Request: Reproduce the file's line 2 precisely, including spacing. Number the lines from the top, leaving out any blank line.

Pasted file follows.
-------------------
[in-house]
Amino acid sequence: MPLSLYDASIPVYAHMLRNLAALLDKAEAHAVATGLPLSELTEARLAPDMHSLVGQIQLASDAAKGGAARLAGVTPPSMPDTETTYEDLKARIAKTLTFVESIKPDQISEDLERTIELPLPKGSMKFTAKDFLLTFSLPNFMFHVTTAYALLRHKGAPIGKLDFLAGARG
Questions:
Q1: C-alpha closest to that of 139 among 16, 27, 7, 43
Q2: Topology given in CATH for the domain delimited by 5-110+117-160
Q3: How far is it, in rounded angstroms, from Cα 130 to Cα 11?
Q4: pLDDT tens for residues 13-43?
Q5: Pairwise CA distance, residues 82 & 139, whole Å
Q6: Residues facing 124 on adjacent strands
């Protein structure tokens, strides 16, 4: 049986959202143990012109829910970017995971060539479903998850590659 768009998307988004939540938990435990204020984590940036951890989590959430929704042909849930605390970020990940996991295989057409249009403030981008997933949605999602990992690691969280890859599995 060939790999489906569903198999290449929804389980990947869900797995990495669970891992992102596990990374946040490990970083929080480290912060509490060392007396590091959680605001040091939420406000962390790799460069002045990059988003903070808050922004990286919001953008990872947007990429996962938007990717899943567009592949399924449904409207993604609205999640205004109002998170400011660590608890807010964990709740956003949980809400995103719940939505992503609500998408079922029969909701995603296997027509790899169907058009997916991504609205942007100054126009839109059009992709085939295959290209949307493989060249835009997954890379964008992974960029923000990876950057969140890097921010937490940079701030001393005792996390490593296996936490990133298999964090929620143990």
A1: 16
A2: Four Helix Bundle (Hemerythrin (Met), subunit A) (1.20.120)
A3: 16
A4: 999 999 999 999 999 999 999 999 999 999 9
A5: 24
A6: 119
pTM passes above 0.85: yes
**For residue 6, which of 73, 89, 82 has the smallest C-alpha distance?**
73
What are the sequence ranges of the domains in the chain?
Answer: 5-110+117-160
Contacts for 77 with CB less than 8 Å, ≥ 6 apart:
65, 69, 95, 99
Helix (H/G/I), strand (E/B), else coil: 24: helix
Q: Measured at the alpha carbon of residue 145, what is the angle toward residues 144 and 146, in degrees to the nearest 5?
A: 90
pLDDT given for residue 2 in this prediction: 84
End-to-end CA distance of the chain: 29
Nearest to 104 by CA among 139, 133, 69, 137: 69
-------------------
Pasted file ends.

Amino acid sequence: MPLSLYDASIPVYAHMLRNLAALLDKAEAHAVATGLPLSELTEARLAPDMHSLVGQIQLASDAAKGGAARLAGVTPPSMPDTETTYEDLKARIAKTLTFVESIKPDQISEDLERTIELPLPKGSMKFTAKDFLLTFSLPNFMFHVTTAYALLRHKGAPIGKLDFLAGARG